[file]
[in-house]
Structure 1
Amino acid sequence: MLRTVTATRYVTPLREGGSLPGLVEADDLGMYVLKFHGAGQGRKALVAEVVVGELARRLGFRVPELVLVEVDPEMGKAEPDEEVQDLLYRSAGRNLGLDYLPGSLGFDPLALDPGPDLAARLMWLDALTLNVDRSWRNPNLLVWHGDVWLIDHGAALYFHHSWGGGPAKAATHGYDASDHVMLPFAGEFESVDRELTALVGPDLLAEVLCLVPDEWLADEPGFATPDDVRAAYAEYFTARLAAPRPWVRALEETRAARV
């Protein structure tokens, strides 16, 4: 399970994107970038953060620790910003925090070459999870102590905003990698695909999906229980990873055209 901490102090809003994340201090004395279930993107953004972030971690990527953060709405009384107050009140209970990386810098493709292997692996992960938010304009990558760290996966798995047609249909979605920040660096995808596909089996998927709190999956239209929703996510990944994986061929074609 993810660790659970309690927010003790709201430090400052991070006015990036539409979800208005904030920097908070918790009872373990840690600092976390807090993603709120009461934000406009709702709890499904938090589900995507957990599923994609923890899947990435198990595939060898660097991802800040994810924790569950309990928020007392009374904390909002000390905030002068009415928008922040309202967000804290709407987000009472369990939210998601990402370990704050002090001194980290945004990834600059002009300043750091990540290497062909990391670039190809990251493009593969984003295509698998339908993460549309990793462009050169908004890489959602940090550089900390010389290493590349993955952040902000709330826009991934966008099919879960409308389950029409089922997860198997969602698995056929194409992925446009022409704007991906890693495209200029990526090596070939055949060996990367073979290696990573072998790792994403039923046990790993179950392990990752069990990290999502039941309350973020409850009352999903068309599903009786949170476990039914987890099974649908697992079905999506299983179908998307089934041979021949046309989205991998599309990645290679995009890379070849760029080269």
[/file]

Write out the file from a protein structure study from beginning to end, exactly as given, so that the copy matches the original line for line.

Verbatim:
[in-house]
Structure 1
Amino acid sequence: MLRTVTATRYVTPLREGGSLPGLVEADDLGMYVLKFHGAGQGRKALVAEVVVGELARRLGFRVPELVLVEVDPEMGKAEPDEEVQDLLYRSAGRNLGLDYLPGSLGFDPLALDPGPDLAARLMWLDALTLNVDRSWRNPNLLVWHGDVWLIDHGAALYFHHSWGGGPAKAATHGYDASDHVMLPFAGEFESVDRELTALVGPDLLAEVLCLVPDEWLADEPGFATPDDVRAAYAEYFTARLAAPRPWVRALEETRAARV
């Protein structure tokens, strides 16, 4: 399970994107970038953060620790910003925090070459999870102590905003990698695909999906229980990873055209 901490102090809003994340201090004395279930993107953004972030971690990527953060709405009384107050009140209970990386810098493709292997692996992960938010304009990558760290996966798995047609249909979605920040660096995808596909089996998927709190999956239209929703996510990944994986061929074609 993810660790659970309690927010003790709201430090400052991070006015990036539409979800208005904030920097908070918790009872373990840690600092976390807090993603709120009461934000406009709702709890499904938090589900995507957990599923994609923890899947990435198990595939060898660097991802800040994810924790569950309990928020007392009374904390909002000390905030002068009415928008922040309202967000804290709407987000009472369990939210998601990402370990704050002090001194980290945004990834600059002009300043750091990540290497062909990391670039190809990251493009593969984003295509698998339908993460549309990793462009050169908004890489959602940090550089900390010389290493590349993955952040902000709330826009991934966008099919879960409308389950029409089922997860198997969602698995056929194409992925446009022409704007991906890693495209200029990526090596070939055949060996990367073979290696990573072998790792994403039923046990790993179950392990990752069990990290999502039941309350973020409850009352999903068309599903009786949170476990039914987890099974649908697992079905999506299983179908998307089934041979021949046309989205991998599309990645290679995009890379070849760029080269």